The ball of your foot is the bottom part just behind your toes. Bands of tissue (ligaments) connect the bones in the ball of your foot. Nerves run between the bones and underneath the ligaments. When a nerve becomes pinched, this causes it to swell and become painful. The painful, swollen nerve is called a neuroma. A neuroma most often occurs at the base of either the third and fourth toes or the second and third toes.
Wearing tight or high-heeled shoes can cause a neuroma. Shoes that are too narrow or too pointed squeeze the bones in the ball of the foot. Shoes with high heels put extra pressure on the ends of the bones. When the bones are squeezed together, they pinch the nerve that runs between them.
The most common symptom of a neuroma is pain in the ball of the foot between two toes. The pain may be dull or sharp. It may feel as if you have a stone in your shoe. You may also have tingling or numbness in one or both of the toes. Symptoms may occur after you have been walking or standing for a while. Taking off your shoes and rubbing the ball of your foot may relieve the pain.
To prevent a future neuroma, buy shoes with plenty of room across the ball of the foot and in the toes. This keeps the bones from being squeezed together. Wearing low-heeled shoes also puts less pressure on the bones and nerves in the ball of the foot.
Online Source: American Academy of Orthopaedic Surgeons http://orthoinfo.aaos.org/fact/thr_report.cfm?Thread_ID=233&topcategory=Foot
Online Source: The Physician and Sportsmedicine http://www.physsportsmed.com/issues/1997/05may/mollica.htm
The diagnosis of Neuromas is made by a physical exam and a thorough history of the patient’s complaint. Conditions that mimic the pain associated with Neuromas are stress fracture of the metatarsals, inflammation of the tendons in the bottom of the toes, arthritis of the joint between the metatarsal bone and the toe, or nerve compression or nerve damage further up on the foot, ankle, knee, hip, or back. X-rays are generally taken to rule out a possible stress fracture or arthritis. Because nerve tissue is not seen on an x-ray, the x-ray will not show the neuroma. A skilled foot specialist will be able to actually feel the neuroma on his exam of the foot. Special studies such as MRI, CT Scan, and nerve conduction studies have little value in the diagnosis of a neuroma. Additionally, these studies can be very expensive and generally the results do not alter the doctor’s treatment plan. If the doctor on exam cannot feel the neuroma, and if the patient’s symptoms are not what is commonly seen, then nerve compression at another level should be suspected. In this instance, one area to be examined is the ankle.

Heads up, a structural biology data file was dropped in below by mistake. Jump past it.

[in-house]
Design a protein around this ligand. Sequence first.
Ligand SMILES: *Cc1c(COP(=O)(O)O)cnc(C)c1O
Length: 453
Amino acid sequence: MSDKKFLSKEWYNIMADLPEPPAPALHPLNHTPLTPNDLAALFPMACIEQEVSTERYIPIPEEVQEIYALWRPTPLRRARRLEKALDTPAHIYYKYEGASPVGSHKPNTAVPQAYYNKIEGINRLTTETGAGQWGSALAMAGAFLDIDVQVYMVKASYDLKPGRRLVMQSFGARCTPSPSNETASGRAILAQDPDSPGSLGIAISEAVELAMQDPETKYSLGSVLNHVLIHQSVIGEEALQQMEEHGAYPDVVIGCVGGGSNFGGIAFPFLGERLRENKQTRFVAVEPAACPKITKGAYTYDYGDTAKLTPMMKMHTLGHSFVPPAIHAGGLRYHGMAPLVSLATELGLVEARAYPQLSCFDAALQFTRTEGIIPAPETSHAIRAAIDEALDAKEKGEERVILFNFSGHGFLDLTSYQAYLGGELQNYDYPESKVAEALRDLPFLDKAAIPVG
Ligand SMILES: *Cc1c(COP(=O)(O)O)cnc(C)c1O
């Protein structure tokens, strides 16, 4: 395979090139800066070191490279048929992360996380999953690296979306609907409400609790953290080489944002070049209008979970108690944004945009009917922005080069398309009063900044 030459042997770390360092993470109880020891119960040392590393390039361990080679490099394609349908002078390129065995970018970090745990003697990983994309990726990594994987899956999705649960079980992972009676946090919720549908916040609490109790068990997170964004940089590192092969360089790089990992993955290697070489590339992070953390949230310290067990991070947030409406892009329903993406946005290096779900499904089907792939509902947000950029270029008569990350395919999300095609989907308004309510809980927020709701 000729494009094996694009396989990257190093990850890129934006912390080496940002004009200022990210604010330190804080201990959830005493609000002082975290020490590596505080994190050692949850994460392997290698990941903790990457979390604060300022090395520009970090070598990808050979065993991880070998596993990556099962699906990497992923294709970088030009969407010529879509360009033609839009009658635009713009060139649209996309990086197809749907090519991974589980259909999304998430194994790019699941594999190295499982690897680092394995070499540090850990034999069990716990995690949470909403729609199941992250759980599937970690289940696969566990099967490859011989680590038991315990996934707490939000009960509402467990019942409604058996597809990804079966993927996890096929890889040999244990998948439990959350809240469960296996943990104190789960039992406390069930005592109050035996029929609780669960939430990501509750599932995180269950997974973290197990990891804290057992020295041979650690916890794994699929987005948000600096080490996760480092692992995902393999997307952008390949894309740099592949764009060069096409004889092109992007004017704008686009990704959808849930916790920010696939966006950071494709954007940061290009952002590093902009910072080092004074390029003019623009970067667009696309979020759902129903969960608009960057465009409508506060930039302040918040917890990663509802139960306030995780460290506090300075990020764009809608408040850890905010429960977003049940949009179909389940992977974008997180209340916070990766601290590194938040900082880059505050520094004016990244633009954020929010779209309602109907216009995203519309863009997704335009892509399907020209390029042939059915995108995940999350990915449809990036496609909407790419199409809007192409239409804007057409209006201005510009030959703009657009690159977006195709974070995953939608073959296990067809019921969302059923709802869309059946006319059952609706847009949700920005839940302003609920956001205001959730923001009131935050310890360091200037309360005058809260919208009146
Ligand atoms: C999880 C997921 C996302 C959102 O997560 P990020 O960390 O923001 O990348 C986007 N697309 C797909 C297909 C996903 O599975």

Just below the ankle bone on the inside of the ankle, a large nerve passes into the foot. At this level, the nerve can become inflamed. This condition is called Tarsal Tunnel Syndrome. Generally, there is not pain at this site of the inflamed nerve at the inside of the ankle. Pain may instead be experienced in the bottom of the foot or in the toes. This can be a difficult diagnosis to make in certain circumstances. Neuromas, however, occur more commonly than Tarsal Tunnel Syndrome.
Treatment for the neuroma consists of cortisone injections, orthotics, chemical destruction of the nerve, or surgery. Cortisone injections are generally used as an initial form of treatment. Cortisone is useful when injected around the nerve, because is can shrink the swelling of the nerve. This relieves the pressure on the nerve. Cortisone may provide relief for many months, but is often not a cure for the condition. The abnormal movements of the metatarsal bones continue to aggravate the condition over a period of time.
To address the abnormal movement of the metatarsal bones, a functional foot orthotic can be used. These devices are custom-made inserts for the shoes that correct abnormal function of the foot. The combination treatment of cortisone injections and orthotics can be a very successful form of treatment. If, however, there is significant damage to the nerve, then failure to this treatment can occur. When there is permanent nerve damage, the patient is left with three choices: live with the pain, chemical destruction of the nerve, or surgical removal or decompression of the nerve (see neuroma surgery).